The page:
Categories
resorts and timeshares

Aruba Travel: All-Inclusive or Regular Resort?

Dark Palm Beach-strip, except Riu Palace
Luxury all-inclusive: Hotel Riu Palace

When you decide to travel to the Caribbean, at one time or another perhaps you’ll struggle with the question whether or not to stay at a regular resort as opposed to an all-inclusive.

You’ll find people on both sides of the equation. Some don’t travel to a resort unless it’s all-inclusive, while others find all-inclusive resorts to be overpriced.

Let’s take a closer look at both and see what the truly difference is.

Hotel or Resort

First let’s define the difference between the two terms above. The difference in use of the terms ‘hotel’ or ‘resort’ has virtually vanished during the last decade or so, at least in Aruba that is. Under the term ‘hotel’ it was widely understood to offer rooms that with a bed, bathroom, a view, TV, phone and a couch. Room service is available at a hotel.

A resort on the other hand offers the same amenities as a hotel, with the difference that there is a kitchen available in the room. Due to the presence of a kitchen, room service isn’t available.

Bear in mind that above terms used to be old terms. In the present ‘hotel’ and ‘resorts’ are used without any distinction.

All-inclusive

An all-inclusive is an all-you-can eat and drink resort. Expect the rooms to be similar as the rooms of a hotel, as described above. There are certain things that aren’t included in an all-inclusive however. Products such as premium/imported beverages, retail, casinos and off premises activities.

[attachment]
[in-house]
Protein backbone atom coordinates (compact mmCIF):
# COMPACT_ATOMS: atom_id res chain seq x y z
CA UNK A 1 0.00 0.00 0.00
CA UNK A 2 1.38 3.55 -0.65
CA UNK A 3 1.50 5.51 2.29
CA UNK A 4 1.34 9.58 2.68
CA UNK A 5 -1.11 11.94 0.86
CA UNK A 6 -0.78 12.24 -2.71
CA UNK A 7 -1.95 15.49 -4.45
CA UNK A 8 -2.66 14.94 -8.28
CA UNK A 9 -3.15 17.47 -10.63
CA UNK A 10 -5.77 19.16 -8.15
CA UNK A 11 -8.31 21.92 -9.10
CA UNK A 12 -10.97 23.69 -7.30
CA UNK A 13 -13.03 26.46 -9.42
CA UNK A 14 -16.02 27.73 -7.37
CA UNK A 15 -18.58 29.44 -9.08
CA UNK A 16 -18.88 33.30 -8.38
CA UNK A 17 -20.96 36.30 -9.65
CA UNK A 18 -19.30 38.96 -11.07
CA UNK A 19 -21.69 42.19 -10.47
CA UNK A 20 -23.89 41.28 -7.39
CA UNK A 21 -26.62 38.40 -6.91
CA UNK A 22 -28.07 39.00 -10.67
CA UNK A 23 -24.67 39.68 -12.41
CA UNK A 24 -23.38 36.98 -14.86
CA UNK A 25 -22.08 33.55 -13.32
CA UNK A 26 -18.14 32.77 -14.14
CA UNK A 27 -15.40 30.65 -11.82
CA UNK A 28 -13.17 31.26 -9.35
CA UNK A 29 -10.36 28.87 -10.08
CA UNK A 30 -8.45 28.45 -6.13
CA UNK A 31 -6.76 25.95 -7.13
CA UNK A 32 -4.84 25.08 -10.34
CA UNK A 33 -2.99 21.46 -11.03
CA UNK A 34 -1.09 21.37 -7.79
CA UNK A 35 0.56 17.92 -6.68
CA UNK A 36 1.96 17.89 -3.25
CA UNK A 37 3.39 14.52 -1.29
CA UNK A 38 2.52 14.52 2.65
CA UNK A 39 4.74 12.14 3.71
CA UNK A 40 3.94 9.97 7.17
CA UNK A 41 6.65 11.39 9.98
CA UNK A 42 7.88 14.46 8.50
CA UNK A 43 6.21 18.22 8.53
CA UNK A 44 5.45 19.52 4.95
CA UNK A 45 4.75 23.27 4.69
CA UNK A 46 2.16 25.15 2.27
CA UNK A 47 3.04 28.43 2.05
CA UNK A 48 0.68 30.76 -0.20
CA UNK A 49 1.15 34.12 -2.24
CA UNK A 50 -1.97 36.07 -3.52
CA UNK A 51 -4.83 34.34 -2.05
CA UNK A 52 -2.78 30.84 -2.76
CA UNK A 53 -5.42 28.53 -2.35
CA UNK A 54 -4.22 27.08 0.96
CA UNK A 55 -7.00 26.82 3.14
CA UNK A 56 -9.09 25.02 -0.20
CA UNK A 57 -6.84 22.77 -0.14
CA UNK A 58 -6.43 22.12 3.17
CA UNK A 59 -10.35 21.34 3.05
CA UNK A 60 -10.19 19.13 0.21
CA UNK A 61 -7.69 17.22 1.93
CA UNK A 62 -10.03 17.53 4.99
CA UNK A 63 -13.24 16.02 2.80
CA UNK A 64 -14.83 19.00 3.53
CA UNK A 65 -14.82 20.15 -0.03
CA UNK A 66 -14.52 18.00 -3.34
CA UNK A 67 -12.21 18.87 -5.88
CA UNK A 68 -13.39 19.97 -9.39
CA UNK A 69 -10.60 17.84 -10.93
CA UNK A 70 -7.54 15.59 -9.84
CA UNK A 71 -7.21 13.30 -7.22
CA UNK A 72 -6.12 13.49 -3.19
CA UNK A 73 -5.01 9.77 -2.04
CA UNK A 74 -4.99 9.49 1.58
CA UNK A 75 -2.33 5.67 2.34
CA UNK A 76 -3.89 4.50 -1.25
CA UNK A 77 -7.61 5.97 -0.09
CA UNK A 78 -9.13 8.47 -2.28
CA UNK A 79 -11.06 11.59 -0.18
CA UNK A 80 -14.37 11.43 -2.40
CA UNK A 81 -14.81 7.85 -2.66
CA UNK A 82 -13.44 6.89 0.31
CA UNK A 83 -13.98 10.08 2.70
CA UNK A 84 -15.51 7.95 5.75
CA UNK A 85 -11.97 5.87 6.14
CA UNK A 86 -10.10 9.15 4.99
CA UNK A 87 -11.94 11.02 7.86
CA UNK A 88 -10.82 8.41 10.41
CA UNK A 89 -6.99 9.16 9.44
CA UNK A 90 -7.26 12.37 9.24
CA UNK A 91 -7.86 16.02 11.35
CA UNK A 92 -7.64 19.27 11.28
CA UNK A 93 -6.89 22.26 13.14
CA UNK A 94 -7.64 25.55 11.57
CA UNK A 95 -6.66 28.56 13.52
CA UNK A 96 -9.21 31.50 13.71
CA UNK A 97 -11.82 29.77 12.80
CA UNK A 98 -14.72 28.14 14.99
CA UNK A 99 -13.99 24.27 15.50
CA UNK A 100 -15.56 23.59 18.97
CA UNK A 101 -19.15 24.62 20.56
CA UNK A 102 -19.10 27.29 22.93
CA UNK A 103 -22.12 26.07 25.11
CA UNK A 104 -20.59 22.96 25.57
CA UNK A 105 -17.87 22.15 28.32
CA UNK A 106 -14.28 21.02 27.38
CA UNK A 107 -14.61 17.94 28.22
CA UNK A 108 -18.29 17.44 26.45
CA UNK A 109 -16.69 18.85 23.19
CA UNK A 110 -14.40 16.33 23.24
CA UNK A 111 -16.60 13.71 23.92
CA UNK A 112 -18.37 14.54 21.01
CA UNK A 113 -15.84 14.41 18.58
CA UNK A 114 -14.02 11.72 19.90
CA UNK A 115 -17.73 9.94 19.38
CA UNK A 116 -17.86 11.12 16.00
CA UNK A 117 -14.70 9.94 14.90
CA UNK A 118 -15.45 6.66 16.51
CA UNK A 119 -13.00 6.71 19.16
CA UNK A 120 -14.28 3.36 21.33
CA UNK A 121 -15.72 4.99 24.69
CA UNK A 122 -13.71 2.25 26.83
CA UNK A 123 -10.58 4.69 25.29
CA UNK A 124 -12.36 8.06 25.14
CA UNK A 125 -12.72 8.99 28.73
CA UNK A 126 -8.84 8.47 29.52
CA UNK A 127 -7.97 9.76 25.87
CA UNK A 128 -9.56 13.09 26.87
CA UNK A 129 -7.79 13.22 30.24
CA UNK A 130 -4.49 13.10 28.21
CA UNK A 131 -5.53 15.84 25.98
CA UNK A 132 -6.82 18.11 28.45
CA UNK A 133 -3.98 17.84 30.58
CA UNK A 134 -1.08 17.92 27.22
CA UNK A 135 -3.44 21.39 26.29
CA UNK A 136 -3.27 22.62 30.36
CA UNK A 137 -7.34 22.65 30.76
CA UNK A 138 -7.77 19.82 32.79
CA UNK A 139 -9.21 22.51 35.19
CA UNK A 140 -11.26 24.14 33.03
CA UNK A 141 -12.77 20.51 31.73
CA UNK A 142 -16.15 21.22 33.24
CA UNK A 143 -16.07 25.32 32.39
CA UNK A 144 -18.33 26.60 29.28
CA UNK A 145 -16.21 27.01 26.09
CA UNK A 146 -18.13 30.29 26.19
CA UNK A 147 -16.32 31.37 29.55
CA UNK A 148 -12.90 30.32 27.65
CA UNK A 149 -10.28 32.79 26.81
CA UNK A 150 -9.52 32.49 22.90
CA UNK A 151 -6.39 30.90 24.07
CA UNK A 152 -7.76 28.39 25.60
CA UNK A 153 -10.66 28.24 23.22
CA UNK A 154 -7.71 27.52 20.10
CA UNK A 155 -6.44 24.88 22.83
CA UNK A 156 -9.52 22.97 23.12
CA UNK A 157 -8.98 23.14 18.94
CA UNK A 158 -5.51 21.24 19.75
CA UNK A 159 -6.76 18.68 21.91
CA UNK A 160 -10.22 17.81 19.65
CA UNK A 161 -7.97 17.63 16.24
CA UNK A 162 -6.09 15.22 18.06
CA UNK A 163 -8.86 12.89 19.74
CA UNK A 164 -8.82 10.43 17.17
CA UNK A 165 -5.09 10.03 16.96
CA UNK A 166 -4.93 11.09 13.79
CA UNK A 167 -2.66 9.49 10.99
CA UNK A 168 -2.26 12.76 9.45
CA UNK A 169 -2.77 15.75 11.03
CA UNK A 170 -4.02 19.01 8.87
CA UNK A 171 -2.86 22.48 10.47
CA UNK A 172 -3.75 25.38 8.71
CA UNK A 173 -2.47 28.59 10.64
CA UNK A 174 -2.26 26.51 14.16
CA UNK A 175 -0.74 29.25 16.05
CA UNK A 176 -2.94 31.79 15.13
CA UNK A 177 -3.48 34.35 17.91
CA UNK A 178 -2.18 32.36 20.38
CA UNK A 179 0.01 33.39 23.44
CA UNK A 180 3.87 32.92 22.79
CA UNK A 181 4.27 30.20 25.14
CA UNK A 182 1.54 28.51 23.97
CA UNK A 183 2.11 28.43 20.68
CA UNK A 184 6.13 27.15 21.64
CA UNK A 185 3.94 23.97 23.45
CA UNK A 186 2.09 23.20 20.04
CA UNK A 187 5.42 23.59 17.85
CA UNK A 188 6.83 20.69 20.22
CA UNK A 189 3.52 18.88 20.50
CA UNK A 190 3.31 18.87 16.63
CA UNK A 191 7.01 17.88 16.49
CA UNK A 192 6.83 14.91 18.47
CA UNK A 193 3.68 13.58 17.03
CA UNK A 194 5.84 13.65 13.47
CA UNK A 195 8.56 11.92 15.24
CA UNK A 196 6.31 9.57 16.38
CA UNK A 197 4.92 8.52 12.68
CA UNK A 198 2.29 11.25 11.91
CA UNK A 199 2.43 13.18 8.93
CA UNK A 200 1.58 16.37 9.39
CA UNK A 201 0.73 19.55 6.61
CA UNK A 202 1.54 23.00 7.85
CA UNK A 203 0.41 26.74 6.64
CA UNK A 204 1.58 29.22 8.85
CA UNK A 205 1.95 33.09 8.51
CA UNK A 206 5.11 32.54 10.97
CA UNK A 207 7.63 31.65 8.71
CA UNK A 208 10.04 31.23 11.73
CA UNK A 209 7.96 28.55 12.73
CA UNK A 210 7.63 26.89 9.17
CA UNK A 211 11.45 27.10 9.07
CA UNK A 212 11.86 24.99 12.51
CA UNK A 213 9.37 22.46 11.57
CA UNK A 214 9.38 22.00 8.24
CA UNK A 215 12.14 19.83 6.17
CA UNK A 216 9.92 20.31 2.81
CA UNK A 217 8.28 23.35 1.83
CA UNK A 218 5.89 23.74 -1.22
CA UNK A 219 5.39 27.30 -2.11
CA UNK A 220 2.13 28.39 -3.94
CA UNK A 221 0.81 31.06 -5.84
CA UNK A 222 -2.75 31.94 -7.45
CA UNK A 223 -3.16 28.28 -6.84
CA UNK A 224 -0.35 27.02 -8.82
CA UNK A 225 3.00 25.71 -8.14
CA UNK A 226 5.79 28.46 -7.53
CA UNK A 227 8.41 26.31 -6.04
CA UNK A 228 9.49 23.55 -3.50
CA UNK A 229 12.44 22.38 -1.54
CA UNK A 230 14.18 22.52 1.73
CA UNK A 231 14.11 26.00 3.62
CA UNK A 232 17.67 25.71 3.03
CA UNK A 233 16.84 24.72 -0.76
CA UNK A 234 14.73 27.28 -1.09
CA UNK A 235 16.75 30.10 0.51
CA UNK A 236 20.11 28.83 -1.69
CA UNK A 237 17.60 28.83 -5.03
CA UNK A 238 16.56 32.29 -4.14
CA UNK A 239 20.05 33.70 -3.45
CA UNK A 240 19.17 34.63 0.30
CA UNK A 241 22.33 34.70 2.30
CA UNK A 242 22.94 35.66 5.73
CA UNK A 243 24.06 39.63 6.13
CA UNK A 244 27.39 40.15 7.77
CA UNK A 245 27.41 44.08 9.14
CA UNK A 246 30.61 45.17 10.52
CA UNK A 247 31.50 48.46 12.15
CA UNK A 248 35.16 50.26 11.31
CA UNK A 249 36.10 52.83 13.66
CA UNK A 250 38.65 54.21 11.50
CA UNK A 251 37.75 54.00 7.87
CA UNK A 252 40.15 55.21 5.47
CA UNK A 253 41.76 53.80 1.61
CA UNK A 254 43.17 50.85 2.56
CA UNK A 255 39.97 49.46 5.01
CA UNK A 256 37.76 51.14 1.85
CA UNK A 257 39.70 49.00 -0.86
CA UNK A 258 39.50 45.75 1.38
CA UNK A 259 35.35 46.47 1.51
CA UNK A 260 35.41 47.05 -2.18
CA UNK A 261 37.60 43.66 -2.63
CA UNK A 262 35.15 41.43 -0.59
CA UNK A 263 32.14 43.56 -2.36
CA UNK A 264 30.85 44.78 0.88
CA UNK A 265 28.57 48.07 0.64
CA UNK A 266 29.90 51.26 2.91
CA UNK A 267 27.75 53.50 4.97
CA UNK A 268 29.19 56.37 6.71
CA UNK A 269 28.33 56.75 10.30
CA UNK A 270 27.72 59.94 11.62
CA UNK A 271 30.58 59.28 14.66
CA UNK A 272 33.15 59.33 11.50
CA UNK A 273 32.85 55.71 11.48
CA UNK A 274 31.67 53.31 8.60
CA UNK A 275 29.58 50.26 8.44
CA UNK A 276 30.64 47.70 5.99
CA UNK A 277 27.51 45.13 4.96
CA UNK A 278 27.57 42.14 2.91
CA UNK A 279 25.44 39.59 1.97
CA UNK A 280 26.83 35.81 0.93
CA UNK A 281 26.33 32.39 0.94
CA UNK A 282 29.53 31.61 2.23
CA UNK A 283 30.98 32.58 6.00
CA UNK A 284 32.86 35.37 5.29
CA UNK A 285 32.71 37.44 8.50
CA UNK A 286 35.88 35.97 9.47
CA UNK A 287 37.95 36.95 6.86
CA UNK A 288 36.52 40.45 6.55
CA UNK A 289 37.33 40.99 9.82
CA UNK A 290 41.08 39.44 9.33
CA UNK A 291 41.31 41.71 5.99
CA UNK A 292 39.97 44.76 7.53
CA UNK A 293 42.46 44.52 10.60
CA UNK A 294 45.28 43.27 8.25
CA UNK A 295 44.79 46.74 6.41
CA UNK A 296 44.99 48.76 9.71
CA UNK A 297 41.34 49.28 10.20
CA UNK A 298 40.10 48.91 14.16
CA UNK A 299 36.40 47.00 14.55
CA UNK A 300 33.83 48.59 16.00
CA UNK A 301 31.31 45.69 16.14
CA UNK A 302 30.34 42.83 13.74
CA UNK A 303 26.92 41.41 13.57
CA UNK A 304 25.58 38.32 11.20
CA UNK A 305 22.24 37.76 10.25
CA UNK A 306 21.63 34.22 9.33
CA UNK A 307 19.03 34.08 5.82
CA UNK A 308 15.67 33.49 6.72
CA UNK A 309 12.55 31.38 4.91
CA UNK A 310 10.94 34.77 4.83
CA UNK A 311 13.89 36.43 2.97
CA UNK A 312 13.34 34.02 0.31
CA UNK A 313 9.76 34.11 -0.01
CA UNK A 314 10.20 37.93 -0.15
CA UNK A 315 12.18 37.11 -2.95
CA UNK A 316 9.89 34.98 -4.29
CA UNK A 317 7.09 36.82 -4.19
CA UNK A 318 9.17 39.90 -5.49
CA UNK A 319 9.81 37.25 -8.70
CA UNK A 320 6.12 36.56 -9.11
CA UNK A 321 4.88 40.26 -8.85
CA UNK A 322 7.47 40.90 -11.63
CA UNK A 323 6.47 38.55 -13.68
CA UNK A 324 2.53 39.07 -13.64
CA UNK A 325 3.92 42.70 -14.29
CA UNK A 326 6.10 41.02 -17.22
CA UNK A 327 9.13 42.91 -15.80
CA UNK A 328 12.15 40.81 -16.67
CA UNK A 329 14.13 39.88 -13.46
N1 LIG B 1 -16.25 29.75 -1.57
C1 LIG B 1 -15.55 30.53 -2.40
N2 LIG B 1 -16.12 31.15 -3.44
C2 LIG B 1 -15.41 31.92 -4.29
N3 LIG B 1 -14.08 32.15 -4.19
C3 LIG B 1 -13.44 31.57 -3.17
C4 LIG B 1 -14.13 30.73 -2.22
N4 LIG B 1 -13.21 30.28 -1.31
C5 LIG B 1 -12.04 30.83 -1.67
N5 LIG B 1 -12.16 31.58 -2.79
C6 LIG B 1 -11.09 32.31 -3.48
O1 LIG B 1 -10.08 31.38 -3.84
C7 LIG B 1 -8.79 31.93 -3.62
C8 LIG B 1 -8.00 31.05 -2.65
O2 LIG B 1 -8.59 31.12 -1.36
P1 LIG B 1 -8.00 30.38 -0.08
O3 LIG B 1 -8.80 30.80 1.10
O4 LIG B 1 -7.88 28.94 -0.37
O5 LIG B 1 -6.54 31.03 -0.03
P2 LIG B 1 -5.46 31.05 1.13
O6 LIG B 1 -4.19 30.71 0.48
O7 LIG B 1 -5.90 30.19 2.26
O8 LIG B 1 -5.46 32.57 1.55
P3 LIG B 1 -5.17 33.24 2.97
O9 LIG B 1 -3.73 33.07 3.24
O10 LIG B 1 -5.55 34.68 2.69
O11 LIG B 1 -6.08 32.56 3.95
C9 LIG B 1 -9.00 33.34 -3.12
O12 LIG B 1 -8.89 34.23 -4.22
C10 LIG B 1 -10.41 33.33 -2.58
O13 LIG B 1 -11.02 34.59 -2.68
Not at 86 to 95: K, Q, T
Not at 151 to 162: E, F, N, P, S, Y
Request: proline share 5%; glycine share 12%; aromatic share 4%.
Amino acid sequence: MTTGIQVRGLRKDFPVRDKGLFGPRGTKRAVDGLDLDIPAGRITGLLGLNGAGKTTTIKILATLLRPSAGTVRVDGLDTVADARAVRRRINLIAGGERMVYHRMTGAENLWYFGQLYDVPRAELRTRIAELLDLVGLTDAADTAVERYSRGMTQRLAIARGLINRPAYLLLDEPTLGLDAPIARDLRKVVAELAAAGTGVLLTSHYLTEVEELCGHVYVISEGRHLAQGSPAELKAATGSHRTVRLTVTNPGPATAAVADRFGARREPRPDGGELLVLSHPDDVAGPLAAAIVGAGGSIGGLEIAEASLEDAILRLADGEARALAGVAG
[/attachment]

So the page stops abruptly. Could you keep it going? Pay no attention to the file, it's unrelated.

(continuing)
Bottom line

What’s the difference in price? Let’s put two random high rise resorts side by side to make a comparison. Occidental All-Inclusive and Renaissance Resort.

Occidental Grand Aruba All-Inclusive
Stay: June 1st, 2008 – June 7th, 2008
Price per night per couple: $456
Price per week per couple: $2736

Renaissance Aruba Resort
Stay: June 1st, 2008 – June 7th, 2008
Price per night per couple: $223
Price per week per couple: $1338

The difference between the more expensive all-inclusive and the regular resort for the week is a grand total of $1398, which comes to average $200 a day.

Do you think you are going to consume less, equal or more than $200 dollars a day in food and beverage? If the location and service of the two resorts is left out the comparison, which one are you going to choose?

Do you think a couple is going to spend $200 a day on food and beverage? If you visit an outside, even a fancy, restaurants for 5 days, the regular resort is cheaper.

If you think to consume above the sum of $200 dollars worth of food and beverage, than naturally all-inclusive is for you. How can you measure if you are consuming above $200 dollars a day at an all-inclusive resort? That’s not easy to do.

Conclusion

All-inclusive pros: unlimited food and beverages;
All-inclusive cons: excessive consumption; if not consumed enough, waste of money; pricy;

Resort pros: cheaper; you get to visit the island top restaurants as opposed to in-house exclusively; ability to visit Aruba on a smaller budget by eating cheaper;
Resort cons: pay for all food and beverages;

Decisions, decisions. Hopefully I shed some light on the differences between the two forms of accommodation. Perhaps when it’s time to make a decision this post will help a little.

By Gabriel

Informing travelers about Aruba since 2007, trying to provide value to Aruba travelers.

One reply on “Aruba Travel: All-Inclusive or Regular Resort?”

Leave a Reply